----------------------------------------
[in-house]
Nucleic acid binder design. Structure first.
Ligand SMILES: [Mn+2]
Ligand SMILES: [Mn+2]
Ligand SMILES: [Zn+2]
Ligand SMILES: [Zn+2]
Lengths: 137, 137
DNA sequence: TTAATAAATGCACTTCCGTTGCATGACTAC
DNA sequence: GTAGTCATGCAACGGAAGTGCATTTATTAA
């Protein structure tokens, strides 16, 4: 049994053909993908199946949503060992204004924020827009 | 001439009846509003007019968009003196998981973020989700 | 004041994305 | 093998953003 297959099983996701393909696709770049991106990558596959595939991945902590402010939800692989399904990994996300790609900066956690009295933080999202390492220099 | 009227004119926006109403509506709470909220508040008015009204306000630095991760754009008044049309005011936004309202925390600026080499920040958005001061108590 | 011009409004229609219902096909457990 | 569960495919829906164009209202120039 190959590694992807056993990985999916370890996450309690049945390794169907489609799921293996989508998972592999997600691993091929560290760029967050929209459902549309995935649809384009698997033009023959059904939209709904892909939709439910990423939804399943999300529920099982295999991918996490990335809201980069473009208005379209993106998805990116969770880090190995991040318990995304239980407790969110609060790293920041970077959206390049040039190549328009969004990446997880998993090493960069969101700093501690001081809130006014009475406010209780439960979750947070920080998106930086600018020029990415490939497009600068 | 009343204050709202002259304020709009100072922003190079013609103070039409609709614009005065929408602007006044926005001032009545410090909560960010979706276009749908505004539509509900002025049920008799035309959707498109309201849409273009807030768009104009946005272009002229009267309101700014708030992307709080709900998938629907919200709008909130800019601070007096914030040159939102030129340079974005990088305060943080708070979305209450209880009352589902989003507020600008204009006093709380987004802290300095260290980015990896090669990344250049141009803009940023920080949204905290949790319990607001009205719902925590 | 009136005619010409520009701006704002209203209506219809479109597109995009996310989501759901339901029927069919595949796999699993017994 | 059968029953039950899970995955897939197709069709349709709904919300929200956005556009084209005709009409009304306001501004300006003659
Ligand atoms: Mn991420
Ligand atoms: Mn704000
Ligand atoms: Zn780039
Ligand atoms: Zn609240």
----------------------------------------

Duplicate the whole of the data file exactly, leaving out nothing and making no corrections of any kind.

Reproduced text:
[in-house]
Nucleic acid binder design. Structure first.
Ligand SMILES: [Mn+2]
Ligand SMILES: [Mn+2]
Ligand SMILES: [Zn+2]
Ligand SMILES: [Zn+2]
Lengths: 137, 137
DNA sequence: TTAATAAATGCACTTCCGTTGCATGACTAC
DNA sequence: GTAGTCATGCAACGGAAGTGCATTTATTAA
């Protein structure tokens, strides 16, 4: 049994053909993908199946949503060992204004924020827009 | 001439009846509003007019968009003196998981973020989700 | 004041994305 | 093998953003 297959099983996701393909696709770049991106990558596959595939991945902590402010939800692989399904990994996300790609900066956690009295933080999202390492220099 | 009227004119926006109403509506709470909220508040008015009204306000630095991760754009008044049309005011936004309202925390600026080499920040958005001061108590 | 011009409004229609219902096909457990 | 569960495919829906164009209202120039 190959590694992807056993990985999916370890996450309690049945390794169907489609799921293996989508998972592999997600691993091929560290760029967050929209459902549309995935649809384009698997033009023959059904939209709904892909939709439910990423939804399943999300529920099982295999991918996490990335809201980069473009208005379209993106998805990116969770880090190995991040318990995304239980407790969110609060790293920041970077959206390049040039190549328009969004990446997880998993090493960069969101700093501690001081809130006014009475406010209780439960979750947070920080998106930086600018020029990415490939497009600068 | 009343204050709202002259304020709009100072922003190079013609103070039409609709614009005065929408602007006044926005001032009545410090909560960010979706276009749908505004539509509900002025049920008799035309959707498109309201849409273009807030768009104009946005272009002229009267309101700014708030992307709080709900998938629907919200709008909130800019601070007096914030040159939102030129340079974005990088305060943080708070979305209450209880009352589902989003507020600008204009006093709380987004802290300095260290980015990896090669990344250049141009803009940023920080949204905290949790319990607001009205719902925590 | 009136005619010409520009701006704002209203209506219809479109597109995009996310989501759901339901029927069919595949796999699993017994 | 059968029953039950899970995955897939197709069709349709709904919300929200956005556009084209005709009409009304306001501004300006003659
Ligand atoms: Mn991420
Ligand atoms: Mn704000
Ligand atoms: Zn780039
Ligand atoms: Zn609240």